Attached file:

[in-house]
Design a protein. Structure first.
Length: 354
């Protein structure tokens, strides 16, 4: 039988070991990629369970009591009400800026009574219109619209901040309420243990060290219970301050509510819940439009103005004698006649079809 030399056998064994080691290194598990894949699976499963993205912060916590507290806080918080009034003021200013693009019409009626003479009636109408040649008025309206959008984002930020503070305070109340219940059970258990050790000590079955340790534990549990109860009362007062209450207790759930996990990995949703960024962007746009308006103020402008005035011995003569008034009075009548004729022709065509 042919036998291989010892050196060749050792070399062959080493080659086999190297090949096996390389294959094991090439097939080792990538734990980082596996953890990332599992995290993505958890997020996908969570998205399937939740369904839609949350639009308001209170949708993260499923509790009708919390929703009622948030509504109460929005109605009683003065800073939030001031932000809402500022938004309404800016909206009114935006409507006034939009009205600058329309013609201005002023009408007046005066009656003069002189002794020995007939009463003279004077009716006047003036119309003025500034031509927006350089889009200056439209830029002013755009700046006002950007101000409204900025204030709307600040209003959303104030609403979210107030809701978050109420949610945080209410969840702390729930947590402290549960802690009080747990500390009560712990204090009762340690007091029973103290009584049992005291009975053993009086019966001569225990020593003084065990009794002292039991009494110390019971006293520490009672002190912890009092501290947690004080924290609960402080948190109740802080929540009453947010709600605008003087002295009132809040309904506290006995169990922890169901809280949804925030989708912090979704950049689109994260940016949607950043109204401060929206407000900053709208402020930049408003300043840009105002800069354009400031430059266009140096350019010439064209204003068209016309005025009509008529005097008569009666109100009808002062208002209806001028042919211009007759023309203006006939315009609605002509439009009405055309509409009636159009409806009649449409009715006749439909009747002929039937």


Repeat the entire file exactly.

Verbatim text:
[in-house]
Design a protein. Structure first.
Length: 354
């Protein structure tokens, strides 16, 4: 039988070991990629369970009591009400800026009574219109619209901040309420243990060290219970301050509510819940439009103005004698006649079809 030399056998064994080691290194598990894949699976499963993205912060916590507290806080918080009034003021200013693009019409009626003479009636109408040649008025309206959008984002930020503070305070109340219940059970258990050790000590079955340790534990549990109860009362007062209450207790759930996990990995949703960024962007746009308006103020402008005035011995003569008034009075009548004729022709065509 042919036998291989010892050196060749050792070399062959080493080659086999190297090949096996390389294959094991090439097939080792990538734990980082596996953890990332599992995290993505958890997020996908969570998205399937939740369904839609949350639009308001209170949708993260499923509790009708919390929703009622948030509504109460929005109605009683003065800073939030001031932000809402500022938004309404800016909206009114935006409507006034939009009205600058329309013609201005002023009408007046005066009656003069002189002794020995007939009463003279004077009716006047003036119309003025500034031509927006350089889009200056439209830029002013755009700046006002950007101000409204900025204030709307600040209003959303104030609403979210107030809701978050109420949610945080209410969840702390729930947590402290549960802690009080747990500390009560712990204090009762340690007091029973103290009584049992005291009975053993009086019966001569225990020593003084065990009794002292039991009494110390019971006293520490009672002190912890009092501290947690004080924290609960402080948190109740802080929540009453947010709600605008003087002295009132809040309904506290006995169990922890169901809280949804925030989708912090979704950049689109994260940016949607950043109204401060929206407000900053709208402020930049408003300043840009105002800069354009400031430059266009140096350019010439064209204003068209016309005025009509008529005097008569009666109100009808002062208002209806001028042919211009007759023309203006006939315009609605002509439009009405055309509409009636159009409806009649449409009715006749439909009747002929039937």